Kesadaran masyarakat Indonesia mengenai air minum yang bisa terkontaminasi arsenik ini masih sangat rendah, karena kasus seperti ini memang jarang. Tetapi bukan tidak mungkin, di masa depan, saat populasi semakin meningkat, air yang sarat dengan arsenik akan tersebar dan meluas. Sebelum saat itu tiba dan berubah menjadi tidak terkendali seperti di negara-negara Asia Selatan, bukankah ada baiknya kita mulai mengambil tindakan preventif?

IAP Daily Reflection 2

Reading time: 4-5 minutes 
Language: English
Part 1 can be found here

As a part of our Cross-cultural Collaboration class (which I talked about in previous post), we have to write a daily reflection. For some people, it might be hard to keep in track and not slack off. For me, I was really happy to get this assignment. As you probably know by now, I love writing, but I have been slacking off and finding ‘busy’ as a strong excuse not to write more.

Just a quick recap: this IAP (Independent Activities Period, MIT term for 1-month long winter term), besides taking Cross-cultural Collaboration (CCC), I am also doing a UROP (Undergraduate Research Opportunity) with MIT Urban Risk Lab. The rest of the time? I am just learning how to cook, bake, and going to different museums, haha.

So, this is what I have done so far in the second week of January (which is taken from my assignment).


1/11/2016


I was talking to my parents for a few hours today. The last time I talked to them directly was in December, so it has been a while. They were asking me about what I am up to these days, and if the weather is too cold for me. We also went over their plan of coming for my graduation in June. As a middle-income family in Indonesia, we can afford most of basic necessities. However, when I mentioned the options of where to stay during their trip to Boston, they were so surprised that even the cheapest hotel is too expensive for them. This might not be cultural, since this difference comes from a large gap of GDP and average income. This reminds me of the first few weeks when I was in the United States: everything seemed so expensive, and I tried not to spend too much on food. However, after sometime, my perception of how much is considered to be expensive has changed into similar perception that people around me have.

1/12/2016


I really love a dish from a fast-food chain, and I find the recipe online. I think I will try it, but first, I need to find which store has Panko Breadcrumbs. I thought only Asian supermarket would have one, but Trader Joe’s does!


I was interested in the book you recommended: Quiet. So, I got the book yesterday from BLC (Boston Library Consortium) because every copy at MIT Libraries are currently borrowed. It has been a good read. I thought being introvert was wrong, and I would not succeed with that attitude. I have been constantly tried to ‘push myself out there’, even though sometimes I regret it because it makes me uncomfortable. Now, I have the theoretical answer: finding the balance of when I can have a ‘me time’, and when I should go out and socialize.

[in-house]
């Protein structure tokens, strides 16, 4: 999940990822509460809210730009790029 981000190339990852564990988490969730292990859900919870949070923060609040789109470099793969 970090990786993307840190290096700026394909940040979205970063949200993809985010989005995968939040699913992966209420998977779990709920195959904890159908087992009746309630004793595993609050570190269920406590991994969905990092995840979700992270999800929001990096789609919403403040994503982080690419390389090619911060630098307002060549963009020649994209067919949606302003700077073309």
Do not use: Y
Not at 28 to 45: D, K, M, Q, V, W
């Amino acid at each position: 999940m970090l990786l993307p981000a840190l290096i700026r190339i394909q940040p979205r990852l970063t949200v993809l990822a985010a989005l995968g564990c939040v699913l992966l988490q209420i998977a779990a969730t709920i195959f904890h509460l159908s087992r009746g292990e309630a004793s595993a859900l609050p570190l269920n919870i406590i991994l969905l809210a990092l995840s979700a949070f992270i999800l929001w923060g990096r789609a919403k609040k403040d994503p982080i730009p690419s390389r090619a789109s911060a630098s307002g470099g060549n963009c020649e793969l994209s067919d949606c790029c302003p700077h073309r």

1/13/2016


This is my second week doing UROP at MIT Urban Risk Lab. It has been great so far, but I am the only undergraduate working there. I always hesitate to start conversation or ask something, but during lunch break, I finally could start talking without being asked first.

I asked my Indian-American friend on the conflict between India and Pakistan. I thought as neighboring countries, they should not have conflicts, and instead, they could have a strong bilateral relation. However, it was not as simple as I thought, and she told me a little bit about the history behind it.


1/14/2016


I was talking (and partly complaining) about money management to my boyfriend. Since I only receive the part of scholarship at the beginning of fall and spring terms, I need to wait until February now. Unfortunately, it is still 3 weeks away. He suggested that I should start to keep track my expenses, which is a good idea.

Last night, six suicide bombs exploded and gunmen were shooting people in the middle of the road in Jakarta, the capital of Indonesia. All of my social networks were flooded with different information. One of them was about how it was going to affect Indonesian economy. I believed that at first, but then I started questioning it, “Is it really going to be this way?” I asked my friend who is majoring in economics, and she told me that the information was not making any sense.


1/15/2016


I usually prefer to eat dinner with close friends, but today I joined the dinner sponsored by TBP (honors society), with people I have not met before. It was really fun.

I feel annoyed whenever I walk behind a group of people who takes the whole sidewalk. Today, I tried to see it differently: maybe this whole group cannot walk faster? Maybe, few of them have their legs hurt?

Today was my UROP day. I continuously asked something and found the answer by looking through different literatures, papers, or even quick Google searches. One thing that I found to be interesting today: Pentek water filters, can be quite cheap, and they can be combined depending on the source water quality.

1/16/2016


I went to MFA for the first time after 1.5 years, even though the weather was really cold (and it was snowing, for a little bit).